RIG EK Enjoys a Renaissance in Africa

The RIG exploit kit (EK) is baaaaaack—and enjoying special popularity in some parts of Africa.

RIG has made its way onto the list of top 10 threats in Kenya and Nigeria, according to Check Point’s March Global Threat Impact Index. So while the Necurs botnet remains a top vector for malware infections in the region, it’s clear that EKs are seeing a resurgence.

EKs are designed to discover and exploit vulnerabilities on machines in order to download and execute further malicious code—but they have been in decline since a high point in May 2016, following the demise of the leading Angler and Nuclear variants. However, March saw the RIG EK surge up the rankings, being the second most-used malware worldwide throughout the period. The Terror EK also increased dramatically in usage in March, and was just one place from making it into the monthly Top 10 list.

RIG delivers exploits for Flash, Java, Silverlight and Internet Explorer. The infection chain starts with a redirection to a landing page that contains JavaScript, which then checks for vulnerable plug-ins and delivers the exploit. Terror meanwhile is relatively new, and was first detected at the start of December 2016, and contained eight different operational exploits. Both RIG and Terror have been witnessed delivering a wide variety of threats, from ransomware and banking Trojans to spambots and BitCoin miners, according to Check Point.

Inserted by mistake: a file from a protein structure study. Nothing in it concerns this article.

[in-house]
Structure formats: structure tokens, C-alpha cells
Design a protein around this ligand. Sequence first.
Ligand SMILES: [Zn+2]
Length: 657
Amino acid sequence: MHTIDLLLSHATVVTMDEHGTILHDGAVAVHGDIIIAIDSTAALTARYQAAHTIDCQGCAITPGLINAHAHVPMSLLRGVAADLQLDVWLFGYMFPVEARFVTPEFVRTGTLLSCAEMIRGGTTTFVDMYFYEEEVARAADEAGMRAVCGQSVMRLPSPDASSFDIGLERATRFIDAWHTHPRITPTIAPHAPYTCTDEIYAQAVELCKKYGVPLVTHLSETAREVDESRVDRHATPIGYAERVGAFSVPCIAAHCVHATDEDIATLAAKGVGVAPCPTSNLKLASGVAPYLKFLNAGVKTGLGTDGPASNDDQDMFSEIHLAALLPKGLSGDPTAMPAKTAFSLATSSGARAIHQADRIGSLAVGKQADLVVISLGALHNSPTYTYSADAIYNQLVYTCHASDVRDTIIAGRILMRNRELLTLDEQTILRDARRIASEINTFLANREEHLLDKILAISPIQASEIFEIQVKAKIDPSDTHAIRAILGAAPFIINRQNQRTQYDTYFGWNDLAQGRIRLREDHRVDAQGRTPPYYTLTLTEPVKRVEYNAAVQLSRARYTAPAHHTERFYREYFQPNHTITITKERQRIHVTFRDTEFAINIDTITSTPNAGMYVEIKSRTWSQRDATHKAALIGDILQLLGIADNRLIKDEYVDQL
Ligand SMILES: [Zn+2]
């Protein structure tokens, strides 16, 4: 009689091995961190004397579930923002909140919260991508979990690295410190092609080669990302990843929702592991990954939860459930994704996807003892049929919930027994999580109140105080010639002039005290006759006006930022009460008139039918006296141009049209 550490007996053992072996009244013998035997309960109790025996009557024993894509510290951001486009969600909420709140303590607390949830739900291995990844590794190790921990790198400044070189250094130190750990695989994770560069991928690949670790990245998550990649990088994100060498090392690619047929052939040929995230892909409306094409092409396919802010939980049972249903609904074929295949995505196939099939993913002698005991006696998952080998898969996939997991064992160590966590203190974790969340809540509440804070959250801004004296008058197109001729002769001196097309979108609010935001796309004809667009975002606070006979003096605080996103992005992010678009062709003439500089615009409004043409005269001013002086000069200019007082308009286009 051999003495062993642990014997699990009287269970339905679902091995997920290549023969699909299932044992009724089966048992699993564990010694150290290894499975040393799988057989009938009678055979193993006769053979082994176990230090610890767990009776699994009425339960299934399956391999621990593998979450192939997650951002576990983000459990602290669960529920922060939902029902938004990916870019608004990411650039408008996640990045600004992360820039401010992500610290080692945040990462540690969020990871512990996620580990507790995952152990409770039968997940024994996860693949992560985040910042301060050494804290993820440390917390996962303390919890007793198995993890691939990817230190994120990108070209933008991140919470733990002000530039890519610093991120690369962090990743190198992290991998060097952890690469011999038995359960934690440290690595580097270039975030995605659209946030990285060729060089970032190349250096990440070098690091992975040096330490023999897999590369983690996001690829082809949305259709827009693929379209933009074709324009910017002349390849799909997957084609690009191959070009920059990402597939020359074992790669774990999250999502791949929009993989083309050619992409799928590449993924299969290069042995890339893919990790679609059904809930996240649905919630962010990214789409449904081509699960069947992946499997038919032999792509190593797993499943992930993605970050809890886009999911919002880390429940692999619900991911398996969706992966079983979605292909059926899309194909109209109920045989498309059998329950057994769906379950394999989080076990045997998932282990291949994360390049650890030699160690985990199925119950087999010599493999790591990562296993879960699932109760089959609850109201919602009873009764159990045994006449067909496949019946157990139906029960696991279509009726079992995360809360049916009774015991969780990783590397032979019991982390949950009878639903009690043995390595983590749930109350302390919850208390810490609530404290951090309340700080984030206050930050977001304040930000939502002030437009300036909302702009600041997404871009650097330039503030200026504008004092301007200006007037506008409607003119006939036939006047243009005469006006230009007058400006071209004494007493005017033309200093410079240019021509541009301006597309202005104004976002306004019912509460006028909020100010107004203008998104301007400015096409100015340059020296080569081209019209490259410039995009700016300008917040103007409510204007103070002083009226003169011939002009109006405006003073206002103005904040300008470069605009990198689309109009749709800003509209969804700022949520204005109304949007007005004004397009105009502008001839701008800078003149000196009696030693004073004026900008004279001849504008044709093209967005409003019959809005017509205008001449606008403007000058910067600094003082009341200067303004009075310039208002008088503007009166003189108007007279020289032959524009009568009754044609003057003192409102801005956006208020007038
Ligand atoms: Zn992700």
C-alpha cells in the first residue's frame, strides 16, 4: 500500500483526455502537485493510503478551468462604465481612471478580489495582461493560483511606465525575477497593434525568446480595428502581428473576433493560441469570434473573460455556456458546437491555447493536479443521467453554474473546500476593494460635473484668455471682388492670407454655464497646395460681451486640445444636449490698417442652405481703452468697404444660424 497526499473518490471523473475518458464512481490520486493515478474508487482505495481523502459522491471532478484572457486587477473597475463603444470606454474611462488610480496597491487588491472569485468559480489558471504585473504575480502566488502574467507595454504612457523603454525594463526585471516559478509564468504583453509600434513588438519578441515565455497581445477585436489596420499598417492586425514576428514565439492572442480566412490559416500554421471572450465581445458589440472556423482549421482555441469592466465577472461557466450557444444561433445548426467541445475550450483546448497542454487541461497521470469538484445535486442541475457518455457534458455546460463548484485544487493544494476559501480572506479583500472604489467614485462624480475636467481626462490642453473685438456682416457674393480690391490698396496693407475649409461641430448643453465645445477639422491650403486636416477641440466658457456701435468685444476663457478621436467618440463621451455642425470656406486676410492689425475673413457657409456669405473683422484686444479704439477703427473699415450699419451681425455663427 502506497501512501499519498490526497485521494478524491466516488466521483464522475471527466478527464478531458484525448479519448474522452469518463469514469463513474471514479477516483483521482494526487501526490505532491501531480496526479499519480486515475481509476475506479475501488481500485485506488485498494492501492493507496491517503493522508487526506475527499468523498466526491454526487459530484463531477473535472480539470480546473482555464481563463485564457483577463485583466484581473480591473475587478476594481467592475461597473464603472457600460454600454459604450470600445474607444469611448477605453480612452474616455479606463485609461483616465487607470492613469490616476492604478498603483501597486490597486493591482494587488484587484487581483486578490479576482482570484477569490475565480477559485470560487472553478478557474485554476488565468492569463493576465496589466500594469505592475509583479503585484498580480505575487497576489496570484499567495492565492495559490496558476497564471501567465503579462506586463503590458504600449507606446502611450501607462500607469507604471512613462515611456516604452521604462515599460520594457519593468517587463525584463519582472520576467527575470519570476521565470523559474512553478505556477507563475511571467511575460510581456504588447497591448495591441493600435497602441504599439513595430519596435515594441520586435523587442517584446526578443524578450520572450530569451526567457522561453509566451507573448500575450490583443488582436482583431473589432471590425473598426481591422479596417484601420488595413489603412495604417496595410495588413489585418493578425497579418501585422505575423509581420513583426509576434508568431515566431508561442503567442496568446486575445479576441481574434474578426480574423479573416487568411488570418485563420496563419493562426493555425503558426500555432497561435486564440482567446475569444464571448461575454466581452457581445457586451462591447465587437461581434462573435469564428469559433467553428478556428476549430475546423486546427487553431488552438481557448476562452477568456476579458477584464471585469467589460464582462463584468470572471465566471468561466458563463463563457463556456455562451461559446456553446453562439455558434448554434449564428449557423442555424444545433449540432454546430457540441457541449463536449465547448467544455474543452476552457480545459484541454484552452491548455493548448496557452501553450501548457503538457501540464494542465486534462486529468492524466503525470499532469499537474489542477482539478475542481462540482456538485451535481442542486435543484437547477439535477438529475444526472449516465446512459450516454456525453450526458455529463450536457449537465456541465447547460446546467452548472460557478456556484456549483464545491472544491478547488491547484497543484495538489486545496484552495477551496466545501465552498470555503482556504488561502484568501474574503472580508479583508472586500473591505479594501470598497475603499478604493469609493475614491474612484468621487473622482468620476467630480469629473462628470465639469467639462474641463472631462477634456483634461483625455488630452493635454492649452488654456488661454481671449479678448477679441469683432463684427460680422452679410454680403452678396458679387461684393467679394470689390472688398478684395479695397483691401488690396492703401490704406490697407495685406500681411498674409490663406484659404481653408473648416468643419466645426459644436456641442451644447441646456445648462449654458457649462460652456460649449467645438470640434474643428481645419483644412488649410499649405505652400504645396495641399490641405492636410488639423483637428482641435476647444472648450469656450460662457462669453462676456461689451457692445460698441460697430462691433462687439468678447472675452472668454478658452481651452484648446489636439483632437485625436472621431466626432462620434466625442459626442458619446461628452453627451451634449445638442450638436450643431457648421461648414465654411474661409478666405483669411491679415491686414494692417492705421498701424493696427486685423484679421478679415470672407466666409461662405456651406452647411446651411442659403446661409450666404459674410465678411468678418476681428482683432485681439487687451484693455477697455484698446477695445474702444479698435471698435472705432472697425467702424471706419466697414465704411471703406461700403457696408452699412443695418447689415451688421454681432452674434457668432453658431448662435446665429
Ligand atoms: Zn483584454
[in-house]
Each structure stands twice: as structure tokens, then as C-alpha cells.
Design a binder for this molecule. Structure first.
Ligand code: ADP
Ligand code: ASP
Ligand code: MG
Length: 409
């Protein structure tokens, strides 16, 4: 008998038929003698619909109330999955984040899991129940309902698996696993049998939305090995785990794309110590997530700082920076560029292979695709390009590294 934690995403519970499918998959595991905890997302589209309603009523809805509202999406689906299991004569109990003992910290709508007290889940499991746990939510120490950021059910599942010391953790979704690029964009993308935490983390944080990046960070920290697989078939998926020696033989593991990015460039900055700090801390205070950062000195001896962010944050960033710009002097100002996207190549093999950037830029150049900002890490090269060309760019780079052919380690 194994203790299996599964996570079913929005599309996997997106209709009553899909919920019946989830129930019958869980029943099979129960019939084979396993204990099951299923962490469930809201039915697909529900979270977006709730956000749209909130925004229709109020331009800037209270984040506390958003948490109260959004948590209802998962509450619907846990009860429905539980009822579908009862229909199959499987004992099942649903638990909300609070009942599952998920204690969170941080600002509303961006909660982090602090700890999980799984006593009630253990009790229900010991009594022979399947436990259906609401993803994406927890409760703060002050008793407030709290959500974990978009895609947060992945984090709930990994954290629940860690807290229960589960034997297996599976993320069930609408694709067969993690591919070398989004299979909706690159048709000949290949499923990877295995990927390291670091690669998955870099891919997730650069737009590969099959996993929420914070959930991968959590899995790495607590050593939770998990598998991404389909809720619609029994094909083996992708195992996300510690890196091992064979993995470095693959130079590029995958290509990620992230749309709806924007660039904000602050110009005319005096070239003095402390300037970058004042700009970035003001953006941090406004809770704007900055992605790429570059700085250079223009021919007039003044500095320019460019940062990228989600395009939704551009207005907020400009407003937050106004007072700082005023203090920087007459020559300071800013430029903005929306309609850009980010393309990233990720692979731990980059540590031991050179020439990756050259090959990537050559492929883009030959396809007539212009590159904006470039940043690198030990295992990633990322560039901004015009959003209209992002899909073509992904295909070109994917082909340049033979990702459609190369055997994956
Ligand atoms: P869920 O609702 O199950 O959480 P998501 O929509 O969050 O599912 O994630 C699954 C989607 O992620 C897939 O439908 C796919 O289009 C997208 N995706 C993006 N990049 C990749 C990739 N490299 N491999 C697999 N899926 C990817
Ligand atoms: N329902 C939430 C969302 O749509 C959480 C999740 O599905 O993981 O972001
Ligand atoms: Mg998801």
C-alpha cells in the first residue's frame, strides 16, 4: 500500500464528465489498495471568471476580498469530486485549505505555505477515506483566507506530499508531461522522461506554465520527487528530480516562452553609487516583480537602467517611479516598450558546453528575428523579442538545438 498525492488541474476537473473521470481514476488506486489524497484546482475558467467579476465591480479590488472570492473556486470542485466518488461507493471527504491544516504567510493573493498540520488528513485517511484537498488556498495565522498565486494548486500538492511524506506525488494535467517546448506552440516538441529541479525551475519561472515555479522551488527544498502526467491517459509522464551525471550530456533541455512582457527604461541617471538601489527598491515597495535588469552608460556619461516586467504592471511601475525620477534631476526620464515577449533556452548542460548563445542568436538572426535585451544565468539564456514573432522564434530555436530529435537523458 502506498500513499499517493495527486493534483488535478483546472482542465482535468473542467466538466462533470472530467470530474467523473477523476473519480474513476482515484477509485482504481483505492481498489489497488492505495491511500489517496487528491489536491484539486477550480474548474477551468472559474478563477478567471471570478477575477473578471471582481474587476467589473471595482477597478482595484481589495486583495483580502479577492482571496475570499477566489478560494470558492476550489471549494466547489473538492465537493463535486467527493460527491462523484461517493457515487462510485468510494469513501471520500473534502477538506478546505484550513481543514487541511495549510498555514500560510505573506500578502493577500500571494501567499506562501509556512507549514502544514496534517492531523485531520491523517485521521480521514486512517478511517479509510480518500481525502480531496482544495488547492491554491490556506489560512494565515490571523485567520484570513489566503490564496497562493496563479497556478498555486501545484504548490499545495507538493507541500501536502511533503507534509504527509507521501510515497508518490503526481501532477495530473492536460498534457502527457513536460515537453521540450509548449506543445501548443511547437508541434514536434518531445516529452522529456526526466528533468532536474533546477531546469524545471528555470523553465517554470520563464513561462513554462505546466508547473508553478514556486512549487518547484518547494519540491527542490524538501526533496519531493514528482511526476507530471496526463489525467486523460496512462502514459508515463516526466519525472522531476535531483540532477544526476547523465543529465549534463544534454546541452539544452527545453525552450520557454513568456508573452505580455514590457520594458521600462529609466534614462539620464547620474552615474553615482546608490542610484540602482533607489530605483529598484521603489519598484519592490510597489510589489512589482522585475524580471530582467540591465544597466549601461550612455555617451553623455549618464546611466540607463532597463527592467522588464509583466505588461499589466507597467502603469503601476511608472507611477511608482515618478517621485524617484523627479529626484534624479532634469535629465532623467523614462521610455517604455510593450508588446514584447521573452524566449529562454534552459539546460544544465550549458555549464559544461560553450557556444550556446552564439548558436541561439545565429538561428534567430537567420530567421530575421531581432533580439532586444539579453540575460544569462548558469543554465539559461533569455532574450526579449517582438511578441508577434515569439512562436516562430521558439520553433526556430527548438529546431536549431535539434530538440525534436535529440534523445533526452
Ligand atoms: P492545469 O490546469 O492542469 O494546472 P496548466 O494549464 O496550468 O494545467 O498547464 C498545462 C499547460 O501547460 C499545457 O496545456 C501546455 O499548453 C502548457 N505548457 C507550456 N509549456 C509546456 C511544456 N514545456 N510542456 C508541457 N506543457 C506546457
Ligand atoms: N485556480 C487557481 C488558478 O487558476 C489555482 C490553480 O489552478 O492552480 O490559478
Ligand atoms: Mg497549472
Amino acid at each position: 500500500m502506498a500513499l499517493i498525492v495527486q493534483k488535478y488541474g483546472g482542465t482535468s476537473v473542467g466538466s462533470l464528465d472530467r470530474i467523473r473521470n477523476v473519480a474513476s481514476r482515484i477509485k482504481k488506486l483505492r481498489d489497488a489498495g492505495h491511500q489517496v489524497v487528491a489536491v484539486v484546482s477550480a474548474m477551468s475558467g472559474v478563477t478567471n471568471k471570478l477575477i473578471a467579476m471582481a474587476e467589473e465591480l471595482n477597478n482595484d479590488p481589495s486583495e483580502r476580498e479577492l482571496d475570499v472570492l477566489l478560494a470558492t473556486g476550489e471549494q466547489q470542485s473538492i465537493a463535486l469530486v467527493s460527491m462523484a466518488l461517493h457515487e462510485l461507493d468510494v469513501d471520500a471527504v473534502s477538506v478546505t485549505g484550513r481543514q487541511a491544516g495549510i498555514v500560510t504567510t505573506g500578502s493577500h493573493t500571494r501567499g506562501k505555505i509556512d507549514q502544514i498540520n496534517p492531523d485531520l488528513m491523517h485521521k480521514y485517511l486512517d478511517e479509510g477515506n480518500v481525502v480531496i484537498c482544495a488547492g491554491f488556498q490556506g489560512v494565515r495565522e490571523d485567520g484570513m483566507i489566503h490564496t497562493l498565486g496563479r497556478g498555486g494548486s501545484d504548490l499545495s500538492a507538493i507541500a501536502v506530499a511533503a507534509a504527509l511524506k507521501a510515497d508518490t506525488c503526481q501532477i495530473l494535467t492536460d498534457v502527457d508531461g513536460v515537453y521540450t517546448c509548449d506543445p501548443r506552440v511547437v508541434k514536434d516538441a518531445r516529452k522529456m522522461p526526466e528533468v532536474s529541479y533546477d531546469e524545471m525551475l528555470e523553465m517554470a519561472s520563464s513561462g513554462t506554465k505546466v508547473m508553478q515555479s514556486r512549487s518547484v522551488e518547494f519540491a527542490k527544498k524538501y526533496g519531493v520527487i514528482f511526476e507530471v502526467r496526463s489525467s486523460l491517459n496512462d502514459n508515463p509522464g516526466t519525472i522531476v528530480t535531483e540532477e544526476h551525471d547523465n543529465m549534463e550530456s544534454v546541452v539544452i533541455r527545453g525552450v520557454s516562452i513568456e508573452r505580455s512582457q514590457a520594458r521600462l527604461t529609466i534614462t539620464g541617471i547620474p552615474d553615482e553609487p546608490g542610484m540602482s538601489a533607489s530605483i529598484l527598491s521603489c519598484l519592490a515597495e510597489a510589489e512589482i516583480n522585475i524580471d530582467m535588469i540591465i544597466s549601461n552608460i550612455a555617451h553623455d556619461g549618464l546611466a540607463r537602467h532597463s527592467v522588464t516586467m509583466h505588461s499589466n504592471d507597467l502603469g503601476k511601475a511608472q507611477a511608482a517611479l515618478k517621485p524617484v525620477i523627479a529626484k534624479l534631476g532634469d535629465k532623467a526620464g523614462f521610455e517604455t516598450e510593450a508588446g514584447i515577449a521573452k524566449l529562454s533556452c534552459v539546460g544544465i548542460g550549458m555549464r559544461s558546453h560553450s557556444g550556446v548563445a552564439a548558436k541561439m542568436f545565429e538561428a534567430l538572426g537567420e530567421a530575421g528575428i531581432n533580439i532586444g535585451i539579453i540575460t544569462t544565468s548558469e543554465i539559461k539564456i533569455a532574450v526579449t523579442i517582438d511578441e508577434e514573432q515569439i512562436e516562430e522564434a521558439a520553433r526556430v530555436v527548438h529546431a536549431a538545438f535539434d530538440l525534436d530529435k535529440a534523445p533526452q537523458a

Three African countries, including Zambia, Malawi and Uganda, are still in the Top 10 of Check Point's Threat Index, which measures risk by country, in no small part due to the EK surge. To wit: Ransomware proved one of the most profitable tools at cyber-criminals' disposal throughout 2016, and with popular EKs now being used to deliver it, the threat shows no sign of dying down.

"The dramatic resurgence of EKs in March illustrates that older threats don't disappear forever— they simply go dormant and can be quickly redeployed,” said Rick Rogers, area manager for East and West Africa at Check Point. “It is always easier for malicious hackers to revisit and amend existing malware families and threat types rather than develop brand new ones, and EKs are a particularly flexible and adaptable threat type.”

Other popular malware in Africa includes Sality, a family of file infectors spread by infecting .exe and .scr files and via removable drives and network shares. Systems infected with Sality can communicate over a peer-to-peer (P2P) network for spamming purposes, proxying of communications, and to compromise web servers, exfiltrate sensitive data and coordinate distributed computing tasks to process intensive tasks. Also, Hiddad is gaining prominence; it’s an Android malware which repackages legitimate apps and then releases them to a third-party store. The Virut botnet and malware distributor used in DDoS attacks, spam distribution, data theft and fraud is also widespread, as is Gamarue, a modular bot that harvests financial credentials.

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